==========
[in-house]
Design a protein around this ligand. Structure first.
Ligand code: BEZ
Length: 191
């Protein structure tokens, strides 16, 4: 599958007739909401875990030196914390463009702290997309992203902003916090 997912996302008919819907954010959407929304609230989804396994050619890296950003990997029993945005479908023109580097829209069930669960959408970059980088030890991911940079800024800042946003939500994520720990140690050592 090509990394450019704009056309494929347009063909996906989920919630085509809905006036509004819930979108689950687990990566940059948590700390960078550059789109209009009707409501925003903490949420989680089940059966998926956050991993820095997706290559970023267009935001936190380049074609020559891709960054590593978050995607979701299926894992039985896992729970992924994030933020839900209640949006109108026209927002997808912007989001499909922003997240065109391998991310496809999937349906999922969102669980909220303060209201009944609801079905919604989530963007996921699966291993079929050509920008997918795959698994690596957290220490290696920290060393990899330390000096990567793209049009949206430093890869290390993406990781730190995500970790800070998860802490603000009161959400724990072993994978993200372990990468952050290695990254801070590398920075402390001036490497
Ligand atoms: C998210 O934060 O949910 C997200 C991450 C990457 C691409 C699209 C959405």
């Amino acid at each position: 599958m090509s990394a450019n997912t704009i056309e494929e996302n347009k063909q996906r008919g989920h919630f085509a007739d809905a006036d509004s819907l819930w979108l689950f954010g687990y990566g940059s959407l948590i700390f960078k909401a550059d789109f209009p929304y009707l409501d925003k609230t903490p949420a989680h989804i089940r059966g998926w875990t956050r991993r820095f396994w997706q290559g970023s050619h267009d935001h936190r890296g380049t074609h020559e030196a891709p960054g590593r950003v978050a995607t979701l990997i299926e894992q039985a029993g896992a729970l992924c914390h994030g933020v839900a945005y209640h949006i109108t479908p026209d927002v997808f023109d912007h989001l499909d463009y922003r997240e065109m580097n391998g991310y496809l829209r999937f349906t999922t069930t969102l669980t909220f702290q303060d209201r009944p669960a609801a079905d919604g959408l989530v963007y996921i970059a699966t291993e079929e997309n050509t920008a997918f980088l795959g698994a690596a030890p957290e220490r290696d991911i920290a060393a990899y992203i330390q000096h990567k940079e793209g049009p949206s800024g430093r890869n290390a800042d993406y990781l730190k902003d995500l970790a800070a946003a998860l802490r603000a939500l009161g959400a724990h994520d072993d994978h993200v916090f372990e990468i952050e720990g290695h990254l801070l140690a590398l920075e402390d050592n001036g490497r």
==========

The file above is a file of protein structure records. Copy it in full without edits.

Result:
[in-house]
Design a protein around this ligand. Structure first.
Ligand code: BEZ
Length: 191
């Protein structure tokens, strides 16, 4: 599958007739909401875990030196914390463009702290997309992203902003916090 997912996302008919819907954010959407929304609230989804396994050619890296950003990997029993945005479908023109580097829209069930669960959408970059980088030890991911940079800024800042946003939500994520720990140690050592 090509990394450019704009056309494929347009063909996906989920919630085509809905006036509004819930979108689950687990990566940059948590700390960078550059789109209009009707409501925003903490949420989680089940059966998926956050991993820095997706290559970023267009935001936190380049074609020559891709960054590593978050995607979701299926894992039985896992729970992924994030933020839900209640949006109108026209927002997808912007989001499909922003997240065109391998991310496809999937349906999922969102669980909220303060209201009944609801079905919604989530963007996921699966291993079929050509920008997918795959698994690596957290220490290696920290060393990899330390000096990567793209049009949206430093890869290390993406990781730190995500970790800070998860802490603000009161959400724990072993994978993200372990990468952050290695990254801070590398920075402390001036490497
Ligand atoms: C998210 O934060 O949910 C997200 C991450 C990457 C691409 C699209 C959405």
């Amino acid at each position: 599958m090509s990394a450019n997912t704009i056309e494929e996302n347009k063909q996906r008919g989920h919630f085509a007739d809905a006036d509004s819907l819930w979108l689950f954010g687990y990566g940059s959407l948590i700390f960078k909401a550059d789109f209009p929304y009707l409501d925003k609230t903490p949420a989680h989804i089940r059966g998926w875990t956050r991993r820095f396994w997706q290559g970023s050619h267009d935001h936190r890296g380049t074609h020559e030196a891709p960054g590593r950003v978050a995607t979701l990997i299926e894992q039985a029993g896992a729970l992924c914390h994030g933020v839900a945005y209640h949006i109108t479908p026209d927002v997808f023109d912007h989001l499909d463009y922003r997240e065109m580097n391998g991310y496809l829209r999937f349906t999922t069930t969102l669980t909220f702290q303060d209201r009944p669960a609801a079905d919604g959408l989530v963007y996921i970059a699966t291993e079929e997309n050509t920008a997918f980088l795959g698994a690596a030890p957290e220490r290696d991911i920290a060393a990899y992203i330390q000096h990567k940079e793209g049009p949206s800024g430093r890869n290390a800042d993406y990781l730190k902003d995500l970790a800070a946003a998860l802490r603000a939500l009161g959400a724990h994520d072993d994978h993200v916090f372990e990468i952050e720990g290695h990254l801070l140690a590398l920075e402390d050592n001036g490497r």